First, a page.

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Thread: 3/7 - Living Out the Reality of Life p. 34

  1. #1

    3/7 - Living Out the Reality of Life p. 34

    Are we living out the reality of life ... or just memories and fantasies, dogma and doctrines, caught up in thoughts?

    Let's think about it.

    Gassho, Jundo

  2. #2

    Re: 3/7 - Living Out the Reality of Life p. 34

    Quote Originally Posted by Jundo
    Are we living out the reality of life ... or just memories and fantasies, dogma and doctrines, caught up in thoughts?

    Let's think about it.

    Gassho, Jundo
    Word.

  3. #3

    Re: 3/7 - Living Out the Reality of Life p. 34

    Quote Originally Posted by Uchiyama
    You have to open your eyes to your present reality and start off with a totally naked self, possessing no property or anything else.
    There were two things in this section that I found especially interesting. First, I am a painter, so I find it easy to empathise with the artist he mentions. I have been painting for about 17 years since I took early retirement from a job as a power station engineer. I have sold a lot of paintings in that time but I certainly wouldn't like to have to try to make a living from it. And it's so easy to become jealous of other painters who sell at exhibitions when your own paintings haven't sold. But I have had to realise that you have no entitlement or right to a painting sale. It is often just a matter of luck that someone has similar tastes and likes what you do. I realised years ago that the main thing to do is as Uchiyama says, to just enjoy your painting ( or whatever your work is ).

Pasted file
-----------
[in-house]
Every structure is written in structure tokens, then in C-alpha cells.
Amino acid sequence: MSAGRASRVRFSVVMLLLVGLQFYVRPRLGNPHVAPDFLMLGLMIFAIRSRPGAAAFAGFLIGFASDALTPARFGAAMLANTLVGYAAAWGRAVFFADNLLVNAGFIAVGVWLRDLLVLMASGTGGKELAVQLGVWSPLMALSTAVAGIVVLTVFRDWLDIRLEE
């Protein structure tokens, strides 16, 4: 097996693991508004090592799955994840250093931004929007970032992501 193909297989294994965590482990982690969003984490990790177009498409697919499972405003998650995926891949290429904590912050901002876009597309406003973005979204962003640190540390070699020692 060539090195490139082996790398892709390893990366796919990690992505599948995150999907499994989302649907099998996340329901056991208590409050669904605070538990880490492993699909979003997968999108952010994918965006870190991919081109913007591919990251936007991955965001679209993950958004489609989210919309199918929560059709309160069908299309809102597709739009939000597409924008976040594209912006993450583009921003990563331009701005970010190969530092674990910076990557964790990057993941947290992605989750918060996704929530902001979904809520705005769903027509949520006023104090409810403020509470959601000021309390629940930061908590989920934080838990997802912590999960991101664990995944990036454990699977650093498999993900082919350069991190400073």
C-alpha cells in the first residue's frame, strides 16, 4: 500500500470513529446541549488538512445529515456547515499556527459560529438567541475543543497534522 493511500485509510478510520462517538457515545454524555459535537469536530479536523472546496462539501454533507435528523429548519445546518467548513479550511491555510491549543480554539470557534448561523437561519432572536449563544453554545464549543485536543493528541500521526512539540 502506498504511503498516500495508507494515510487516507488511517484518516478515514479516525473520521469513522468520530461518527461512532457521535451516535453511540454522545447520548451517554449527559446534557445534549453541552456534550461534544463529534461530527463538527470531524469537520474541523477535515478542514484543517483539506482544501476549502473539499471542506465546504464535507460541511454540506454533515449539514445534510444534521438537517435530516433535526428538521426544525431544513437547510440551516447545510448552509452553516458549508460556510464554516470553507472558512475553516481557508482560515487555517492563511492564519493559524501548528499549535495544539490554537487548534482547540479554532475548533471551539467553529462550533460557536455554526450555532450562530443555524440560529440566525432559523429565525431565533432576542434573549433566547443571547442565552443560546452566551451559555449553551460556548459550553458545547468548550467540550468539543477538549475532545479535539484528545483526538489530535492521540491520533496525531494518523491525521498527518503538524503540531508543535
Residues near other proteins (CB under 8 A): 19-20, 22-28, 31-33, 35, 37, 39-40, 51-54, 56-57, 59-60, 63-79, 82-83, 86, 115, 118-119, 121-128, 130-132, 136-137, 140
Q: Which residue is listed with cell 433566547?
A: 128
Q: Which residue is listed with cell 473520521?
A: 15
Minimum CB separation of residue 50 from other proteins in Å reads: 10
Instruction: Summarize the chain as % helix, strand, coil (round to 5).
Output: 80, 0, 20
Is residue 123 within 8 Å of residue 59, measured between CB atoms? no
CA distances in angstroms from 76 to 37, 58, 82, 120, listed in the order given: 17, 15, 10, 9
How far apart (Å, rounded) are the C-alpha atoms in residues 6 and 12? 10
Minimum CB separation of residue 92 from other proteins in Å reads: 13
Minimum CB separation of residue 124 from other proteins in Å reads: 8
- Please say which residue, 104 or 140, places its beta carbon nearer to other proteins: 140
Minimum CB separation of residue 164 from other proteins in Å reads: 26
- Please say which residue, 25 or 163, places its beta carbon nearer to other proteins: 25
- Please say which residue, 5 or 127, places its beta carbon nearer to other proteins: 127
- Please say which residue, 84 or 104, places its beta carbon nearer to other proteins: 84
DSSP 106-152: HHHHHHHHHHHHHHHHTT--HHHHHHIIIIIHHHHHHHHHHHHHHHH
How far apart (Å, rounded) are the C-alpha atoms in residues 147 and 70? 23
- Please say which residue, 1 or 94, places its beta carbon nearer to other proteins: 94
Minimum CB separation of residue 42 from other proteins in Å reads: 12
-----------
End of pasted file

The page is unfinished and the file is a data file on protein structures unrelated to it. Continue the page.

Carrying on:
I wonder where we get this idea of entitlement and rights to certain things? I visit a disability forum sometimes and the people there are are always whingeing about their disability as if they have a natural right to be able bodied like everyone else and it must be the doctor's fault and there must be a mistake somewhere etc., etc. I start thinking like that myself sometimes, but really we have no right to be anything other than what we are, and we will be never be contented until we accept that. The deadliest trait is comparing yourself with others,

    Gassho,
    John

  4. #4

    Re: 3/7 - Living Out the Reality of Life p. 34

    I was struck by the story of the temple. My wife's family has lived in the same geographic area for several generations and they tell a lot of stories that stretch back into time, full of people long-dead, but they tell the stories with the same emotions as if they had lived them. The stories are part of how they identify themselves and their family. I've caught myself repeating these stories in the same way, and then thought - I have no idea if this is true or not, if I know the whole story or not, and although I can replicate the emotion, I have no information to back it up. It's a strange feeling.

  5. #5

    Re: 3/7 - Living Out the Reality of Life p. 34

    Since I first read this book a year or two ago I'm often reminded of the story about the artist who longs for the past. I guess this is something everyone is susceptible to, I know I am. But, as Uchiyama Roshi says, wherever you are, in whatever situation, you must come to terms with it. That advice is not always easy to accept, but I think we just remain trapped in our own fantasies until we do.

    Gassho
    Ken

  6. #6

    Re: 3/7 - Living Out the Reality of Life p. 34

    Quote Originally Posted by John
    I start thinking like that myself sometimes, but really we have no right to be anything other than what we are, and we will be never be contented until we accept that. The deadliest trait is comparing yourself with others,

    Amen, thank you John. But it is so hard and unsettling to cut loose from these comparisons and have the confidence to follow our own path. But it is especially critical when our interpretations of others are so fictional. The grass is always greener I guess. We all display our best qualities, hide our weaknesses, yet assume we are the only ones doing so. Thatís my experience anyway.

    Gassho,
    Kelly

  7. #7